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Fixing the Disconnect Between Women in Frontline Roles & Employers

New research finds they want and need more respectful and rewarding workplace experiences.
Melissa Kress
A women serving a sandwich to a customer

NATIONAL REPORT — Whether they are working their way through school, supporting their households or reentering the workforce, thousands of women can be found on the front lines of convenience stores across the United States.

According to the U.S. Bureau of Labor Statistics, 330,000 people were employed in the convenience store industry in 2023. Of that number, 57.7% were women.

While gender equality efforts have focused on supporting female employees in making their way up the corporate ladder, these team members still often feel overlooked.

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There is a disconnect when it comes to meeting the needs of women in frontline roles, according to Catalyst, a global nonprofit organization that promotes gender equity and workplace inclusion. Women in the U.S. working in frontline roles want and need more respectful and rewarding workplace experiences that value their life circumstances, health, well-being and talent.

[Read more: Working Women Cite Salary & Promotions Among Chief Concerns]

These insights come from the organization's 2023 research report, "Women on the Front Line: Enabling Them to Thrive, Stay and Perform," which analyzed interviews with females in frontline roles and direct managers in retail, manufacturing and hospitality (including accommodation and foodservice) to understand workplace experiences for this vital but often overlooked segment of the U.S. workforce.

In broad strokes, the report, which was conducted in partnership with professional services company Accenture, revealed that women in frontline roles and their managers feel:

  • Frontline women's physical needs, safety and well-being are often unacknowledged or ignored.
  • Rigid scheduling policies and practices often overlook or ignore the needs of women, who are disproportionately responsible for caregiving.
  • Advancement pathways are not always clear or accessible.
  • Direct managers need to be allowed to make team-level decisions guided by empathy.

"Women in frontline roles are essential to the daily operations of many of the world's largest companies," said Lorraine Hariton, president and CEO of Catalyst. "They were also disproportionately impacted by the pandemic and still feel its effects. Companies have told us that attracting and retaining women in the frontline workforce is a priority. And women's voices, well-being and contributions must be central to these efforts."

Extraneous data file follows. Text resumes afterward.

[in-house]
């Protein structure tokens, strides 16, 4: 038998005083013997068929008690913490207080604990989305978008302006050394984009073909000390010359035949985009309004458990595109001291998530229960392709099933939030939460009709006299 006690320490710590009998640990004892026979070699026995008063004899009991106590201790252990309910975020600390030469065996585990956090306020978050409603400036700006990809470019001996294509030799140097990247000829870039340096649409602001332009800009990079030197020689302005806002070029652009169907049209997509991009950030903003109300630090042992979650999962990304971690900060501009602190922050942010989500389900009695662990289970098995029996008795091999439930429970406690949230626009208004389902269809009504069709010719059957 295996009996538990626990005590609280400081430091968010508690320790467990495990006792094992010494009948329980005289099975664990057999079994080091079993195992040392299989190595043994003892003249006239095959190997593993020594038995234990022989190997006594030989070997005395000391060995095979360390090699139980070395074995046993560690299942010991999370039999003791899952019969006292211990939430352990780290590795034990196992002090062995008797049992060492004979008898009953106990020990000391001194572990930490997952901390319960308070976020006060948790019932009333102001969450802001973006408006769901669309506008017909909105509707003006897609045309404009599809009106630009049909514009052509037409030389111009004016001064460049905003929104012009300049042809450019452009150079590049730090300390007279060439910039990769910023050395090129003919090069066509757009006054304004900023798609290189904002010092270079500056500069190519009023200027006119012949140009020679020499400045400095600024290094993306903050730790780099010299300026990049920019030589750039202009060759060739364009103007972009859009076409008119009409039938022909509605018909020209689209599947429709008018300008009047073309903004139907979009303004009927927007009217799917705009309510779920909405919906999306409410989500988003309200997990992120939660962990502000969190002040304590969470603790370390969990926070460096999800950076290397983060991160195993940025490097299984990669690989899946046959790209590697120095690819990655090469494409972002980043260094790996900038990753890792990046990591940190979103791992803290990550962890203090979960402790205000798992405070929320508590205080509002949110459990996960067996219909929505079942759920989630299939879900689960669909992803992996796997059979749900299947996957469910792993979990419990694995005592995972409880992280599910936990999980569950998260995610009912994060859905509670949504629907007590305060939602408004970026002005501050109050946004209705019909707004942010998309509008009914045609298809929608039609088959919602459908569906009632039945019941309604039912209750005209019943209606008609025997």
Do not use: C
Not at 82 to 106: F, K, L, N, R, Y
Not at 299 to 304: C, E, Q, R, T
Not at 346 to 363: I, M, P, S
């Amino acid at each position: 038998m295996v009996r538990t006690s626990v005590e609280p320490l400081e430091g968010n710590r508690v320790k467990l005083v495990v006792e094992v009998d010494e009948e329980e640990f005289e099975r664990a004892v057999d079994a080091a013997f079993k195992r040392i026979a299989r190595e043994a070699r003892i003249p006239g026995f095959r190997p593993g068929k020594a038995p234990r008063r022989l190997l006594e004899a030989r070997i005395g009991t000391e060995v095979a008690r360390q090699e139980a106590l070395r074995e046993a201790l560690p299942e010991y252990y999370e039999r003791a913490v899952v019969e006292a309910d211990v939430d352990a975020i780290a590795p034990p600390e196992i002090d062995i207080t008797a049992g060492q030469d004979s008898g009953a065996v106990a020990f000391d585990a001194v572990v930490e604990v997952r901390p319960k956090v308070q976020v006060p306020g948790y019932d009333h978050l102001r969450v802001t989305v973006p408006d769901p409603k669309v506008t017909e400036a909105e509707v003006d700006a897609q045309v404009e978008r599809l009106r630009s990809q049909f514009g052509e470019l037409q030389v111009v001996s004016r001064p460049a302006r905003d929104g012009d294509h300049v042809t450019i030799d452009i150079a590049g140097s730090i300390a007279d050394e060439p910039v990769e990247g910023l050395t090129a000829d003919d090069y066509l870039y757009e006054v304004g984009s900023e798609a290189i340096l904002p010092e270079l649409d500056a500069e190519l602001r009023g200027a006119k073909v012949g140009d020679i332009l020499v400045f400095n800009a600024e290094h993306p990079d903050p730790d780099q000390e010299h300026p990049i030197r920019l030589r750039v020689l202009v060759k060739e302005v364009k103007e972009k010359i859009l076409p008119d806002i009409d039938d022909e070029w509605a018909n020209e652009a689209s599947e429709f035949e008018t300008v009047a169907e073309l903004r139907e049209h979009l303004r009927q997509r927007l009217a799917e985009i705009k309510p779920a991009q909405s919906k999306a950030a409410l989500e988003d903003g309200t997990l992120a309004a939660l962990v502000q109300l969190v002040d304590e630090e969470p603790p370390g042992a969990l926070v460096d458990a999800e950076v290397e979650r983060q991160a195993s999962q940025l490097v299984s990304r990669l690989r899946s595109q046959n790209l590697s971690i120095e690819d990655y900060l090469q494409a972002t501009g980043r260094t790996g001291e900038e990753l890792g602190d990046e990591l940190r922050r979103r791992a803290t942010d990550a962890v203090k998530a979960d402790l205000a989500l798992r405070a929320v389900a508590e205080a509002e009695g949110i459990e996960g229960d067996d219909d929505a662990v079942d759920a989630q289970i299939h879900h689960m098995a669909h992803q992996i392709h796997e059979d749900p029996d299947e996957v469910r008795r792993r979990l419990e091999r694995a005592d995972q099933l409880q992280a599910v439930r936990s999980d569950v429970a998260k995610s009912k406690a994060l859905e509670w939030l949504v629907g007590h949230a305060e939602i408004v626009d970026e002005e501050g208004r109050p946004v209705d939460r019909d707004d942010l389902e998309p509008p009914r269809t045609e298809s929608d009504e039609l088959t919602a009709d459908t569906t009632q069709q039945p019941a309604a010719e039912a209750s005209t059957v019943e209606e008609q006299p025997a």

Taking Action

There are steps companies can take to bridge the gap and create a workplace that female employees find rewarding. To that end, the report explained that employers should:

Invest in physical well-being. Women's bodily safety, physical needs, well-being and autonomy should be addressed. Facilities and policies must be designed or refreshed to accommodate women.

Adopt employee-centered scheduling practices. Companies must remove sources of instability, unpredictability and rigidity from scheduling systems to account for women's lives outside of work.

Create and clarify growth opportunities. Companies must clearly communicate well-structured opportunities for growth and advancement that are designed to meet the needs of women.

Enable managers to lead empathically. Company leaders should enable managers of frontline employees to create positive environments so that employees feel valued, supported and connected.

"Fostering a culture of equality and diversity — where everyone feels their safety is a priority, that they are seen and heard, and that they can learn and advance — is not only the responsibility of every organization today, but also a powerful multiplier of innovation and growth," said Jill Standish, senior managing director and global retail lead at Accenture.

It is critical that organizations across retail, hospitality and manufacturing reimagine how women in frontline roles experience their work, she noted, adding that technology can help companies better meet the needs of these team members.

"The good news is that a wide range of digital technologies can contribute to advancing more flexible and meaningful workplaces — everything from providing employees with wellness exercises and healthy eating guidance that promote well-being to enabling remote scheduling of shifts for more desirable work patterns — helping these essential women build more rewarding careers," Standish said.

About the Author

Melissa Kress

Melissa Kress

Melissa Kress is Executive Editor of Convenience Store News. She joined the brand in 2010. Melissa handles much of CSNews' hard news coverage, such as mergers and acquisitions and company financial reports, and the technology beat. She is also one of the industry's leading media experts on the tobacco category.

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